The Pets We Love and the Legacy They Leave

PHOTO: Anine Bing Campaign 2016 (left)

Recently, I lost my beloved dog George. Since then, I’ve been reflecting on the process of grief―despite experiencing loss repeatedly in our lives, the process doesn’t seem to get more manageable. The weight of it shifts the contours of our lives in both expected and unpredictable ways. The passing of a loved one, whether human or a four-legged pet, brings profound questions about the nature of grief and its enduring grip on our hearts.

George epitomized the quintessential canine companion. His arrival was unexpected. He entered my life at a time when the absence of my first dog, Frances, left a palpable void. In the wake of losing Frances, I began to relish a pet-less existence and enjoyed the freedom from responsibility to another. Yet as time passed, that unmistakable void began to fill my life. Then one day, on my way home from the airport, a serendipitous encounter would forever change the trajectory of my life. Meandering down a busy boulevard was a very large but emaciated, heavy-footed, white and black American Bulldog (who bore a striking resemblance to the canine character ‘Chance’ from the movie Homeward Bound). I immediately took on the task to save him from the busy intersection. Three hours later, after it was clear he was lost (and after building his trust with some treats), I got him into the back of my car. Upon his admittance to the local shelter I was informed that if he wasn’t claimed in five days he would be put down, likely due to his breed’s so-called negative reputation. The responsibility of his fate weighed heavily on me. And so, at the end of those five days, he made the journey to his new home―mine.

The passing of a loved one, whether human or a four-legged pet, unearths profound questions about the nature of grief and its enduring grip on our hearts.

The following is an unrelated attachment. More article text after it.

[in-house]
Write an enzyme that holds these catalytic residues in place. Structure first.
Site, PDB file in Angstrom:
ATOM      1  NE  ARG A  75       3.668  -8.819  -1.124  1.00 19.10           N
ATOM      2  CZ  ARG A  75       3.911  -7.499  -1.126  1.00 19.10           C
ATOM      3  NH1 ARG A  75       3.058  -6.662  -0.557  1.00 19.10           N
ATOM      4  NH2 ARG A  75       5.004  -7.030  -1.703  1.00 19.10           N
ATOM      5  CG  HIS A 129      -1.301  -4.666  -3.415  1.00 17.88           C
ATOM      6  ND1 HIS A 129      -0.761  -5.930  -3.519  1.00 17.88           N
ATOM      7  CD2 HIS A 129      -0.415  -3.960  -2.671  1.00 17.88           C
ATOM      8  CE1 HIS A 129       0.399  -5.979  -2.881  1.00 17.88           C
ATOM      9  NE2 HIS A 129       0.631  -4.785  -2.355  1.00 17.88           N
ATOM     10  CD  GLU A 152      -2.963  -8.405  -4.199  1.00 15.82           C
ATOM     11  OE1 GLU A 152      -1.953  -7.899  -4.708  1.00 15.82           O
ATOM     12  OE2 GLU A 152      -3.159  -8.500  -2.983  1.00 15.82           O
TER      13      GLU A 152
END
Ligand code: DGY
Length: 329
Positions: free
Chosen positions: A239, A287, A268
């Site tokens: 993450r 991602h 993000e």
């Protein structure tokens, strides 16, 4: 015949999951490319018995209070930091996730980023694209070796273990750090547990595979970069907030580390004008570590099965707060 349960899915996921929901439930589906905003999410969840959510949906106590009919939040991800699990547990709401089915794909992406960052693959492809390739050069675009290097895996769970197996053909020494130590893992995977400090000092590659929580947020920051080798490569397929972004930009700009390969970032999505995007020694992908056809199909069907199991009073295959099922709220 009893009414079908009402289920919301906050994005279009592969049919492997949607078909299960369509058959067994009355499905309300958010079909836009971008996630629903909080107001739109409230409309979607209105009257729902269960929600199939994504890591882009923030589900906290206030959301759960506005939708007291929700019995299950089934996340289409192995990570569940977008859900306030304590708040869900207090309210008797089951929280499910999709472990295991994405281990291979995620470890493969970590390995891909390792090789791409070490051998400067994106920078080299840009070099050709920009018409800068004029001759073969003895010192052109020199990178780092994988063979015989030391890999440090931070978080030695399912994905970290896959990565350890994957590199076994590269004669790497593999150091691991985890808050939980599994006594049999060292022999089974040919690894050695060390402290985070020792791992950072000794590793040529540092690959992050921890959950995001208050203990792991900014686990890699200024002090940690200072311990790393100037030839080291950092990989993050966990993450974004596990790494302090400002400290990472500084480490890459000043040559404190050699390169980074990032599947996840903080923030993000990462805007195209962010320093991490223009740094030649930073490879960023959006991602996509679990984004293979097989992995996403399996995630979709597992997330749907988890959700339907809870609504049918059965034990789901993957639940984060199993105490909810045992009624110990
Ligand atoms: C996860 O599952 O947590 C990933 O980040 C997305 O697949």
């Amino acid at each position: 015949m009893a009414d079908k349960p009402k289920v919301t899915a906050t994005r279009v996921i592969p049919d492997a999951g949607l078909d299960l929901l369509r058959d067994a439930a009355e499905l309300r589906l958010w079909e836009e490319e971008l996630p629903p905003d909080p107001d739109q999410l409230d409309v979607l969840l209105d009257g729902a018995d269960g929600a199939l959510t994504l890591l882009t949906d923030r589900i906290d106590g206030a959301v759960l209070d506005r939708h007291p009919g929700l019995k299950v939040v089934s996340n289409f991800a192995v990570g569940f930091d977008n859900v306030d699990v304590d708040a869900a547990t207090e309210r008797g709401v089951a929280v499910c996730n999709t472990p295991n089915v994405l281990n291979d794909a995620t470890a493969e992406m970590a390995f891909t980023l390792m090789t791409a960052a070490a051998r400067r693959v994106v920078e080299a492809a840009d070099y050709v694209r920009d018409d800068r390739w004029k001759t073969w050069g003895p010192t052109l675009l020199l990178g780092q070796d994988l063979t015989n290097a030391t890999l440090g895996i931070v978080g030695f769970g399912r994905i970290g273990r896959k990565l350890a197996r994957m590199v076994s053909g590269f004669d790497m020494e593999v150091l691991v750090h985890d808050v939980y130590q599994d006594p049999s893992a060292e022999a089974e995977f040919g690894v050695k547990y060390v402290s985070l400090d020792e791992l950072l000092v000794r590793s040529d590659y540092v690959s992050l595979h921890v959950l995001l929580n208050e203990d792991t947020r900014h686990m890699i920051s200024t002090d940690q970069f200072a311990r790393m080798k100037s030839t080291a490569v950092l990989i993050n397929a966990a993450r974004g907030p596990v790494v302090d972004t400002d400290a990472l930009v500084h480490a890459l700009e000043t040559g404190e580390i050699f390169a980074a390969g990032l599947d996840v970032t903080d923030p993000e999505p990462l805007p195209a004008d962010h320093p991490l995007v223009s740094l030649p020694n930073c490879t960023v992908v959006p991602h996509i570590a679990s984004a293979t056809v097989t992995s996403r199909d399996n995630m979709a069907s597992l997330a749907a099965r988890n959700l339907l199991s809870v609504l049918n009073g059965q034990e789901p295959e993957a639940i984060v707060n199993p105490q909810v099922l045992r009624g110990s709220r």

PHOTOS: Dave Mullen

Quickly, it became clear that George and I were forming a special bond, defying the odds stacked against him and filling that void of mine that had been lingering. His life was characterized by adventure and travel. He was solid―in form and in character. His head required a sturdy body just to hold it up. He looked tough, but was surprisingly frightened at the slightest wind and its powers to move curtains and close doors. We became inseparable. We moved east and north and back west again, with George winning the hearts of even those who claimed they did not like dogs. He came to the recording studio with me while I was making my record. He was featured in print ads and commercials, and accompanied me when I was modeling for fashion campaigns. He was patient and sweet. He was George.

Eventually, our family expanded and we gained a younger sister pup and a human partner who took George in as his own. Their bond was undeniably special. During our 11 years together, there were only a few times I had to leave George at home. At the end of 2021, my mom was in her final weeks of life at hospice. It was then that I truly came to realize how much I had depended on George’s companionship and love, and how I wished he could have been there to help me through the overwhelming grief and reality of losing a parent.

PHOTO: Dave Mullen

Each relationship we have is characterized by its unique tapestry of memories, and navigates its own trajectory through grief.

 

Over the last couple of years, it became clear that George’s health had started to decline. He lost his hearing suddenly. We had to adapt to new ways of communicating and to stimulate his other senses. In February, he was diagnosed with an incurable disease. A few weeks later he woke up and had lost the use of his leg. For the first time, I realized how tired he was. He was uncomfortable and in pain, and it was only getting worse. The time came, and we spent the day taking him to visit his favorite places and eat his favorite treats. In the comfort and calm of our own home, we supported him through his passing, surrounded by all the things he knew and loved.

Our animal companions teach us so much. George, I realize, made me the person I am today. He made me better. I wake up most days thinking George is beside me, or call out his name to come get his dinner or go for a walk. In time I know these habits will pass, or at least get easier. I set aside time each day to think about him and allow myself to be present with whatever feelings arise during that time frame, and then I get back to my day. It’s a helpful way to manage my grief without allowing it to consume my life.

Each relationship we have is characterized by its unique tapestry of memories, and navigates its own trajectory through grief. While George’s physical absence leaves another irreplaceable void, his enduring legacy of friendship, love, and the people he met serve as a beacon of gratitude.

 


Marnie Herald is a model, musician and ceramic artist. Although Canadian, she spends most of her time in the US with her partner Dave and their dogs. Currently they are spending some time on the east coast in Upstate NY. You can follow Marnie on Instagram.

PHOTO: Marnie + George